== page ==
Cycling’s drug amnesty worth considering
This July 7, 2005 file photo shows Lance Armstrong of the US during the sixth stage of the 92nd Tour de France cycling race between Troyes and Nancy. AFP PHOTO / Files / JOEL SAGET
The possibility of introducing a ‘drug amnesty’ for cycling’s cheating underbelly is set for discussion at a meeting of the UCI’s management committee later this week.
While details of the proposal are yet to be fully aired, it is one that WADA director general David Howman seems willing to explore further, despite pardons or plea bargaining not being a part of the WADA code.
While we are still in the dark as to how the amnesty period might work, one suspects that those who confess to their sins would be given the opportunity to continue their cycling careers either unpunished or with minimal consequence. In essence, they would be given a clean slate.
While this seems ludicrous on the surface, it could work – but only with the severest of sanctions for further transgressions. If the UCI goes down the amnesty path, then it must bring in lifetime bans for all breaches of its drug code thereafter. No more chances.
At the risk of being ridiculed, I do believe that we are on the verge of entering one of the sport’s cleanest eras. Lifetime bans for the stragglers still doping will accelerate its arrival.
Now, for those about to flame me, stop and think.
Doping goes further back than the Armstrong era. It goes further back than Tom Simpson. Much further back. While widespread public awareness stemmed from the Festina Affair in 1998 and Operation Puerto in 2006, cyclists began enhancing their performances almost from the time that bike riding progressed from being a pastime to a competitive sport.
The cheats have always been there. Early races were inhumanly long and riders were not adverse to hitching the odd ride in a car (or train) to lessen their load. Some are rumoured to have been towed behind vehicles using piano wire. Others took cocaine just to stay awake.
With early Tour stages often well over 400 kilometres long, and riders spending upward of 16 hours per day in the saddle, who can blame them? Henri Desgrange, who founded the Tour after latching onto the idea from his assistant Geo Lefevre, was not called an assassin in jest!
Riders from all eras, almost without exception, have been involved with, or witnessed, acts of cheating, including doping – even if it may not have been thought of as such at the time.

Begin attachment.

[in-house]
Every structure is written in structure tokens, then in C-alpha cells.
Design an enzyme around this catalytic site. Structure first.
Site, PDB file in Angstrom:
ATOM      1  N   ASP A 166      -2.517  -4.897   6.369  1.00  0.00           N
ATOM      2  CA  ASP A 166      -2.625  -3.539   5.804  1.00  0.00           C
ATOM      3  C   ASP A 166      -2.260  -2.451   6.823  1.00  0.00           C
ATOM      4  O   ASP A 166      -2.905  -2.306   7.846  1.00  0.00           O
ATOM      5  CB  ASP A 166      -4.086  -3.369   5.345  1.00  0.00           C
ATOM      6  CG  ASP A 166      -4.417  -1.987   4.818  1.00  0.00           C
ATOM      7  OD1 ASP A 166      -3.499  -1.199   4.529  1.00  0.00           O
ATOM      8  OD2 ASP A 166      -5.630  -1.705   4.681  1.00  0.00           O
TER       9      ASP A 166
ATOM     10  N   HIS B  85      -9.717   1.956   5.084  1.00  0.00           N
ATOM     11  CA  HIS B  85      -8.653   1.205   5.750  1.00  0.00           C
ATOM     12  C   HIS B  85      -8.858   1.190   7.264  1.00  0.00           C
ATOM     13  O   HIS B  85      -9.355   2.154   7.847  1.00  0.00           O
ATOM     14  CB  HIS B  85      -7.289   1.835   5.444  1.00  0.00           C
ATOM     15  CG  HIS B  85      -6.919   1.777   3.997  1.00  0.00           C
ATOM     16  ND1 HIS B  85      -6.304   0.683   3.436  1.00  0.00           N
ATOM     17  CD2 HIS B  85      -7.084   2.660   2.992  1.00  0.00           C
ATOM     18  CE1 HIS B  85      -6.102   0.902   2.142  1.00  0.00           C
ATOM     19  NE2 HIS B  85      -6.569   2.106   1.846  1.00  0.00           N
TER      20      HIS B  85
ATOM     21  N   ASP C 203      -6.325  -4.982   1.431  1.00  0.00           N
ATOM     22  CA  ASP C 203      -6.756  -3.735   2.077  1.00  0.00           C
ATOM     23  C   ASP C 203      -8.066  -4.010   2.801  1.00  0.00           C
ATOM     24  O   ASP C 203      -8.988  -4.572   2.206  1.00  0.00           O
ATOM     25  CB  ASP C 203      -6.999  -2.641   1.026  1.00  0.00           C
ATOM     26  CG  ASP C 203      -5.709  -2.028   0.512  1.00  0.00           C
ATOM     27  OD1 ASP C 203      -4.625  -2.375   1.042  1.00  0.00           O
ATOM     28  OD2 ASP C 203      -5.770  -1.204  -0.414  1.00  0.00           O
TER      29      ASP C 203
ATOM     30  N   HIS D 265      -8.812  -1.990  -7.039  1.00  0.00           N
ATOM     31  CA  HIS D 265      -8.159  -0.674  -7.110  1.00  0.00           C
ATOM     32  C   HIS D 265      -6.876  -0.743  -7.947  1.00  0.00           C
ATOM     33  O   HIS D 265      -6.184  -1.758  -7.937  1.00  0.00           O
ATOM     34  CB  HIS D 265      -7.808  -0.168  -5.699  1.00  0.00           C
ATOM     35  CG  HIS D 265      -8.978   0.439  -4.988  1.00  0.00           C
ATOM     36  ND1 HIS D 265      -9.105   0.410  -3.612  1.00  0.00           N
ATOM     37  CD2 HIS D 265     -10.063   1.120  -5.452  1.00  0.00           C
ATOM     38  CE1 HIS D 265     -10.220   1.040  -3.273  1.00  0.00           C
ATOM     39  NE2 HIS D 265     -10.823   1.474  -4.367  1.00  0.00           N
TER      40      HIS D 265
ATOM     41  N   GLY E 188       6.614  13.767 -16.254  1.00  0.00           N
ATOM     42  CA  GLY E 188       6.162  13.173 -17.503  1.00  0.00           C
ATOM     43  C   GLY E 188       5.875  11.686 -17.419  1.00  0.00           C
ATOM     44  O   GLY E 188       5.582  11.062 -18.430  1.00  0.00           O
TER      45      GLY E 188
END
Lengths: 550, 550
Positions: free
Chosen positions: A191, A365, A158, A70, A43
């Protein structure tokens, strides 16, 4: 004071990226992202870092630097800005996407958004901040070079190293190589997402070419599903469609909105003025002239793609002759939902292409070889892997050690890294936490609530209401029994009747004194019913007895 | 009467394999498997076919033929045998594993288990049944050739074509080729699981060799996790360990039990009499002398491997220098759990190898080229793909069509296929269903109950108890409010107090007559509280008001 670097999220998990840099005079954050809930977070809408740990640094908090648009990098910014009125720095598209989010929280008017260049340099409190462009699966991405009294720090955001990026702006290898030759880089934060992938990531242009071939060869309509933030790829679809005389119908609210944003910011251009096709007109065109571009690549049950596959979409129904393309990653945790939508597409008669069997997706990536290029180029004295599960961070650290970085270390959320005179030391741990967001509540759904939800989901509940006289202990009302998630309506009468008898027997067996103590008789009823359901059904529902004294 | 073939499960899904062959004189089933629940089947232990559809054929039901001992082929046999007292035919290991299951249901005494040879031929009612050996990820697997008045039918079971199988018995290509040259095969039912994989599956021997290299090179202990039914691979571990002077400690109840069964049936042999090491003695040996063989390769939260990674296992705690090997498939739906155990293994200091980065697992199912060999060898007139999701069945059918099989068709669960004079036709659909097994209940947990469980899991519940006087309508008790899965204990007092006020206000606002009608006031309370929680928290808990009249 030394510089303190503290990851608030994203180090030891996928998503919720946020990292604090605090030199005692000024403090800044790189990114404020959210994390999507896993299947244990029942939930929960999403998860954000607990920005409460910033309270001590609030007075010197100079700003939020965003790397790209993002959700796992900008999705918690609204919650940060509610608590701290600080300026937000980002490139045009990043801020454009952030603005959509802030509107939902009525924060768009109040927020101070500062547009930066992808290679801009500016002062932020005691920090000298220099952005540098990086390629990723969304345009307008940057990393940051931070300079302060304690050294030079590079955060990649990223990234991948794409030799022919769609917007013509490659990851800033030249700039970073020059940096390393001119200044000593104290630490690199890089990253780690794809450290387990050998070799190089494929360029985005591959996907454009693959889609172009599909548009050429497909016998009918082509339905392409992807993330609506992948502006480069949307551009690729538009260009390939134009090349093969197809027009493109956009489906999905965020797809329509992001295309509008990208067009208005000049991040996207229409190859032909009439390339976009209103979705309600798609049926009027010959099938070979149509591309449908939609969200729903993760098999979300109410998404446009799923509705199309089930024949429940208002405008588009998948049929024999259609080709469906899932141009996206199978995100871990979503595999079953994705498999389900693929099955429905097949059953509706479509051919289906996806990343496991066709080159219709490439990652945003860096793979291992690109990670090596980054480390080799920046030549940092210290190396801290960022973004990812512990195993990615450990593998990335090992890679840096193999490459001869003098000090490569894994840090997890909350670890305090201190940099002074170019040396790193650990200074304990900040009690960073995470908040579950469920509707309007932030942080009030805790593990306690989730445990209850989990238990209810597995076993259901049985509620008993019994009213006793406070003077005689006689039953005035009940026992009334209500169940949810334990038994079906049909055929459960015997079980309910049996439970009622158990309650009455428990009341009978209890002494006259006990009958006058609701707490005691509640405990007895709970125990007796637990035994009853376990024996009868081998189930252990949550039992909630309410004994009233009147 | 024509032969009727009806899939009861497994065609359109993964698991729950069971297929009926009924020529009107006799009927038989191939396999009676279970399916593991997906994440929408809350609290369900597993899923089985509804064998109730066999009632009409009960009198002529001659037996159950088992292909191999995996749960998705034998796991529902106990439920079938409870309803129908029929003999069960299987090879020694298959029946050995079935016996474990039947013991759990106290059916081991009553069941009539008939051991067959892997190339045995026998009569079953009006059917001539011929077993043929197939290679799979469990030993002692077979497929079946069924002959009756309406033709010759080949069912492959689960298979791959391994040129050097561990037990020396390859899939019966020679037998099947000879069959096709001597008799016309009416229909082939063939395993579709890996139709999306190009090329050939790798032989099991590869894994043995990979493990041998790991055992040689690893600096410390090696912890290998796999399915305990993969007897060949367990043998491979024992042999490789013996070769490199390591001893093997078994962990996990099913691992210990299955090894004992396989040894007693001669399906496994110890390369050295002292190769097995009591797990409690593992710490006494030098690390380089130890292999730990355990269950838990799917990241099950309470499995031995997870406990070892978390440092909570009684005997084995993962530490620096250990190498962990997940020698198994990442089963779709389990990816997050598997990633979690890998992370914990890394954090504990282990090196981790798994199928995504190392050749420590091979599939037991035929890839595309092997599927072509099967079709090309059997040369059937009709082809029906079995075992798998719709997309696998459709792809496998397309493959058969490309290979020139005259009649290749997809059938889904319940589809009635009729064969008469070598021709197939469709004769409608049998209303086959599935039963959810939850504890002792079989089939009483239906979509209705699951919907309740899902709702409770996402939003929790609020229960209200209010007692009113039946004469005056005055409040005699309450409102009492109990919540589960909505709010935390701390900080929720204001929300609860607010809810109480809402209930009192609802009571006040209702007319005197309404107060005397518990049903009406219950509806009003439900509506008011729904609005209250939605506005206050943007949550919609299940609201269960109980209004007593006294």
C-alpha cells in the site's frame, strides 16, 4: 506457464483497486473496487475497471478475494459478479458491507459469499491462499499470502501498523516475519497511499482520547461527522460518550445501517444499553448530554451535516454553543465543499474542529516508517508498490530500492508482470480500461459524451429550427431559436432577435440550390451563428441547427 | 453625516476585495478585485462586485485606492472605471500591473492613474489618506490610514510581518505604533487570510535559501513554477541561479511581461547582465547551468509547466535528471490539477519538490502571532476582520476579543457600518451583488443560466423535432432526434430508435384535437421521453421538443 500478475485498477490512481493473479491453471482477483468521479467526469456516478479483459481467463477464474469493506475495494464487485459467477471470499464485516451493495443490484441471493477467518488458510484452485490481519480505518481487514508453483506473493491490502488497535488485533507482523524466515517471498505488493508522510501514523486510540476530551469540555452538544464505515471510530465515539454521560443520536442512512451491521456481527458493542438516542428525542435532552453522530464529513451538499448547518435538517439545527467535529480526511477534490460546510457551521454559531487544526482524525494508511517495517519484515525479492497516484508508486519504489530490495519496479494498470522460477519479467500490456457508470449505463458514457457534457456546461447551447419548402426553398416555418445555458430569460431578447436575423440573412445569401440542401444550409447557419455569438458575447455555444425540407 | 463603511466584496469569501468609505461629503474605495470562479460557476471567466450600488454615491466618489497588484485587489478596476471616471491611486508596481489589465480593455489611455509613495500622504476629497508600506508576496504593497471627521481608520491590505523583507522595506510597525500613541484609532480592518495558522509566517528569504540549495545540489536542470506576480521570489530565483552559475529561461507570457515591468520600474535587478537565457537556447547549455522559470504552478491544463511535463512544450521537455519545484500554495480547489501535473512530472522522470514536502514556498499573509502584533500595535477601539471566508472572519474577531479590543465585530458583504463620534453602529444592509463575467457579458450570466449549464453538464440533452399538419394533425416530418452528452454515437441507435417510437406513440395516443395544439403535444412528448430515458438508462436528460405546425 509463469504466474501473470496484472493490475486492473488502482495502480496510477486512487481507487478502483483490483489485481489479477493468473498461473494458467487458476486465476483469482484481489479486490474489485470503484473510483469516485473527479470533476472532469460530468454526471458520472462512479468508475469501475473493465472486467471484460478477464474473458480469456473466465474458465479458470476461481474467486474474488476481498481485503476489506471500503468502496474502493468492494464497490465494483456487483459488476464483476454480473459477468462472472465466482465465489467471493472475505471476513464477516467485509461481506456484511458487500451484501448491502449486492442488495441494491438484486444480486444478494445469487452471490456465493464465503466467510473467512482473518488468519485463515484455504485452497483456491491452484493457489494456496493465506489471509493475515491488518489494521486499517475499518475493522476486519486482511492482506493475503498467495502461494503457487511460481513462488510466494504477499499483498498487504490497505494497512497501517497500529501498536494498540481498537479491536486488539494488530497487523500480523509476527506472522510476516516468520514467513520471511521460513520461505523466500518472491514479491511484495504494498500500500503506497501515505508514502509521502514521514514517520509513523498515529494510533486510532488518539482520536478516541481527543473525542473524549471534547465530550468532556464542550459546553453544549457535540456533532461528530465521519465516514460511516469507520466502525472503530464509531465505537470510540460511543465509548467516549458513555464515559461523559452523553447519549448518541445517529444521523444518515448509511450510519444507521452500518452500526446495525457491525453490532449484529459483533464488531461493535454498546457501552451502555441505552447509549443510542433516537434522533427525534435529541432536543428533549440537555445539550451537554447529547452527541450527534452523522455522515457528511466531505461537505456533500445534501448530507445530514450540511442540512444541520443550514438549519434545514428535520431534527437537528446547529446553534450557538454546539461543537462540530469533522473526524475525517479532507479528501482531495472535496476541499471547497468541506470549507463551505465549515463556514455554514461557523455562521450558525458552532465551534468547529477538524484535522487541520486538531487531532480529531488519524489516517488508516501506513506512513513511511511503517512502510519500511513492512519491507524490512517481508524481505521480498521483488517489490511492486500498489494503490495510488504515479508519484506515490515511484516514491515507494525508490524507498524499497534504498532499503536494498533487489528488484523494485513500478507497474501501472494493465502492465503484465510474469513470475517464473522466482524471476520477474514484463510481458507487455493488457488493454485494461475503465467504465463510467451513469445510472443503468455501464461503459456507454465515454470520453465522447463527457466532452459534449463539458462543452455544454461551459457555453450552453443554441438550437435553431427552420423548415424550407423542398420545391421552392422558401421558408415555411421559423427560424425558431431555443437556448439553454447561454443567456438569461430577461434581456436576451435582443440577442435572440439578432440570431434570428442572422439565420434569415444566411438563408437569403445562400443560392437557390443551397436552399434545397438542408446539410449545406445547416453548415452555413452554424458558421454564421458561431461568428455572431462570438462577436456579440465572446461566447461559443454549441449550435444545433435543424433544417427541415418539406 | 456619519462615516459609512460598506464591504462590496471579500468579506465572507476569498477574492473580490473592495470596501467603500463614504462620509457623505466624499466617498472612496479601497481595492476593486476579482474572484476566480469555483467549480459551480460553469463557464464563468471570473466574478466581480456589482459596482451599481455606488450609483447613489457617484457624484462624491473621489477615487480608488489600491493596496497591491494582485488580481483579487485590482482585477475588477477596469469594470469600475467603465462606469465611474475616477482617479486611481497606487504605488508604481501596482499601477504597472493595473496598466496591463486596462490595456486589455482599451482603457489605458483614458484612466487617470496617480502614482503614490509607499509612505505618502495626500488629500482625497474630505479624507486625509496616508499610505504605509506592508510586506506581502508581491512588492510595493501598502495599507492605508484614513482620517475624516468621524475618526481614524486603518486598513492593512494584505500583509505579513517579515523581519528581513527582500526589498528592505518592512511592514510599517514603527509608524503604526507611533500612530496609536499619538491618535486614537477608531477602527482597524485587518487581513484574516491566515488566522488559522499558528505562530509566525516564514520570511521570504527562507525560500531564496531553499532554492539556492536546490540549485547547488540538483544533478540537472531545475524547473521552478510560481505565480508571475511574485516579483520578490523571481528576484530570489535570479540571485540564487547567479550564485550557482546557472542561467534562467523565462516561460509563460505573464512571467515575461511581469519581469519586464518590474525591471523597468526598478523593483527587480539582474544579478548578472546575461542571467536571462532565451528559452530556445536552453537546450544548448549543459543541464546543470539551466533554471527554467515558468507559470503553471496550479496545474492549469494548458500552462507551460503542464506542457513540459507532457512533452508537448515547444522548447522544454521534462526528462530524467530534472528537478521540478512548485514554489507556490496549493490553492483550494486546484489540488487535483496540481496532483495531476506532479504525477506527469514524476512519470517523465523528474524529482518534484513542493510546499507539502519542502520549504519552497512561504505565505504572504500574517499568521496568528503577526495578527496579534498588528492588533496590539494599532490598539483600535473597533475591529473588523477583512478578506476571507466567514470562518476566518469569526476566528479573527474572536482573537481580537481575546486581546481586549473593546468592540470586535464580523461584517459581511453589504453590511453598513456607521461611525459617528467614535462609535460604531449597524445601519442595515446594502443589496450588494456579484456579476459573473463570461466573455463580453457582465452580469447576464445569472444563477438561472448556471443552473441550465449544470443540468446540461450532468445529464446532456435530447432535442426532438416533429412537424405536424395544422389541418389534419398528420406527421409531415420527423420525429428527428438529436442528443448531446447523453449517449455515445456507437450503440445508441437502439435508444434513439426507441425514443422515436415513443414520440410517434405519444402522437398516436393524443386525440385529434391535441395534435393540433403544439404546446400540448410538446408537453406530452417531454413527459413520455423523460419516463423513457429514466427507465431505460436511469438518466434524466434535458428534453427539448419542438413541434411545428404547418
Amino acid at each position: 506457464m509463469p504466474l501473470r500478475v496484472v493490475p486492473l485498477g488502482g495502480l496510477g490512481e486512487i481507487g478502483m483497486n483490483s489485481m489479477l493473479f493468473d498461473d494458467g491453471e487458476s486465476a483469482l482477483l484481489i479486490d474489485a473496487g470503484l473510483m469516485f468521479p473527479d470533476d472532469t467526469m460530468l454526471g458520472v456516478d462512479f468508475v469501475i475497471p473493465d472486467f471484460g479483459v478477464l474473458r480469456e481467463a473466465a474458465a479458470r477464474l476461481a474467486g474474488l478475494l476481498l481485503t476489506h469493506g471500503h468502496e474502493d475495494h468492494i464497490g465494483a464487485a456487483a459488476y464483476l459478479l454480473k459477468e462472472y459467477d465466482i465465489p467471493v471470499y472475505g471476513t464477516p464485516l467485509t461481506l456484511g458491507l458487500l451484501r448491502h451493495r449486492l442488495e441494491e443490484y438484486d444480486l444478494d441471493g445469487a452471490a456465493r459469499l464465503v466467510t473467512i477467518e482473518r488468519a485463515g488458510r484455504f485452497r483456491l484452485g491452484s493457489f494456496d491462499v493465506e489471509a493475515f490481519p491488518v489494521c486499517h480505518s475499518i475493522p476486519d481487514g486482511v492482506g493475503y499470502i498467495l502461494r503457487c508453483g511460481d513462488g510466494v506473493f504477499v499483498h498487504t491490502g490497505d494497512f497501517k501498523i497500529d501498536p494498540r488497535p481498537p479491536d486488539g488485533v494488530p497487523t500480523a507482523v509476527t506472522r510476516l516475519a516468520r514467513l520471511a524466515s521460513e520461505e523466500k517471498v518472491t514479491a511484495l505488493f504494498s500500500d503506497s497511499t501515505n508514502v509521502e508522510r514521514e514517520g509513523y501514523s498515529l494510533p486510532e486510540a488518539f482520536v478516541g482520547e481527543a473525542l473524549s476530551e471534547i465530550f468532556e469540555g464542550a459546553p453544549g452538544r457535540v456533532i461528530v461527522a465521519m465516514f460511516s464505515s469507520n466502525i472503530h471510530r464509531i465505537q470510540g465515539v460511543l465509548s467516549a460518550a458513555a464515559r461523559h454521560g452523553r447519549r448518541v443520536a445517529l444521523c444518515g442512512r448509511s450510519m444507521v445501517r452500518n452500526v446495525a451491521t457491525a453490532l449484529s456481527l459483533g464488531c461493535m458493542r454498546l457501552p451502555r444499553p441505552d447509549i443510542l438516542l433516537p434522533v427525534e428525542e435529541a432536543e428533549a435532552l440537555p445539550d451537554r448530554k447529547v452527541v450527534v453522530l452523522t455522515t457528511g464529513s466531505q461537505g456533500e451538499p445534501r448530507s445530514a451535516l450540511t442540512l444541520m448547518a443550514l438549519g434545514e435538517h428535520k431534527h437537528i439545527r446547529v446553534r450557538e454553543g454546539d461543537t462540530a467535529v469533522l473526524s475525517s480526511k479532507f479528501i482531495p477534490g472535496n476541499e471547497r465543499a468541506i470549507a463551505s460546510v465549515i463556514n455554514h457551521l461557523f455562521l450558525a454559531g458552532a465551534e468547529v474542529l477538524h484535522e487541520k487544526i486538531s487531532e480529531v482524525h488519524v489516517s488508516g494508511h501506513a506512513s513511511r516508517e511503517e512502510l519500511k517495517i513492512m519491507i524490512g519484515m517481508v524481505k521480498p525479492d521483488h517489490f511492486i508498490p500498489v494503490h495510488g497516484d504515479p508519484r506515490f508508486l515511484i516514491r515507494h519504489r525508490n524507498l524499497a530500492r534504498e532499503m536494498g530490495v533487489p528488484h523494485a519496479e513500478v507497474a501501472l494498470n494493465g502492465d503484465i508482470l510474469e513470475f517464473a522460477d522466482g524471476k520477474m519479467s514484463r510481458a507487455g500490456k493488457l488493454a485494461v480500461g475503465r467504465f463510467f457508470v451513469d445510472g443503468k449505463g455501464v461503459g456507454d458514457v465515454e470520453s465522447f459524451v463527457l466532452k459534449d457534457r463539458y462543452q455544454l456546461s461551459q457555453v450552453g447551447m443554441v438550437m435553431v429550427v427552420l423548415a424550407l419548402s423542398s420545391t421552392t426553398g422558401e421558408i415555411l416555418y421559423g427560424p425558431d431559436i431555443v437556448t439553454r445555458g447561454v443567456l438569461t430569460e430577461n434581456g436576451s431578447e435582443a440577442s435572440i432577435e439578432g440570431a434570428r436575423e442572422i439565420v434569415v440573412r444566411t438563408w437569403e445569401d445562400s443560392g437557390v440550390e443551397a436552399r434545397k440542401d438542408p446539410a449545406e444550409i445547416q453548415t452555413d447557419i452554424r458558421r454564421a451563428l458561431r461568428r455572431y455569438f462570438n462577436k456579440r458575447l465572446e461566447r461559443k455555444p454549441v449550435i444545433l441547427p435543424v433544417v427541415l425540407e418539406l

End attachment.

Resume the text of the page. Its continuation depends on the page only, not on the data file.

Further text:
Ausralia’s Russell Mockridge raced in Europe throughout the 1950s, including the 1955 Tour de France. In his book My World on Wheels (published posthumously after his tragic death during the 1958 Tour of Gippsland), Mockridge devotes an entire chapter to the topic of drugs. What he describes is little more than systematic doping.
French national hero and three-time Tour winner Louison Bobet (1953-54-55) would speak of a ‘dividing line’ between dope and stimulants, while his brother Jean, an accomplished cyclist in his own right, gave the sport away in 1958 after continually being beaten by riders he knew were ranked below him.
There might not have been any EPO, but substances such as methedrine (an amphetamine which was used by RAF pilots during the Battle of Britain to ‘sharpen’ their senses) were easily obtained.
In his fascinating book Tomorrow, We Ride, Jean Bobet hints at the extent to which doping had already entrenched itself within the sport. Having won the 1949 World University Games road race in Budapest by over five minutes, the then 19 year old was accosted by several sceptical observers.
“First one, then another, then ten old hands asked me the same question, in a malicious tone that I could not miss, but whose meaning I did not grasp (at the time): ‘How many chemists were there in your student team?’”
That such strong suspicion already existed in the 1940s (and at what was a relatively minor race contested mainly by juniors) indicates that dopers were already running rampant, and must have been for quite some time.
The point is, we have to go a long way back to find an era untarnished by drugs. Whether we like it or not, cycling and doping have gone hand in hand for generations. Doping became so entrenched that it was near impossible to rein in.
While I honestly believe that cycling is finally headed down the right track, there is obviously still a long way to go. What was built up over generations could take equally long to dismantle. Perhaps the proposed amnesty, coupled with stringent policing and meaningful suspensions, will allow the sport the fresh start that it craves.
Not all cyclists doped, many raced clean for their entire careers. They are the real victims here. The UCI owes it to the clean cyclists of today, and those of the future, to take the next step. If that means an amnesty followed by life bans, then so be it.
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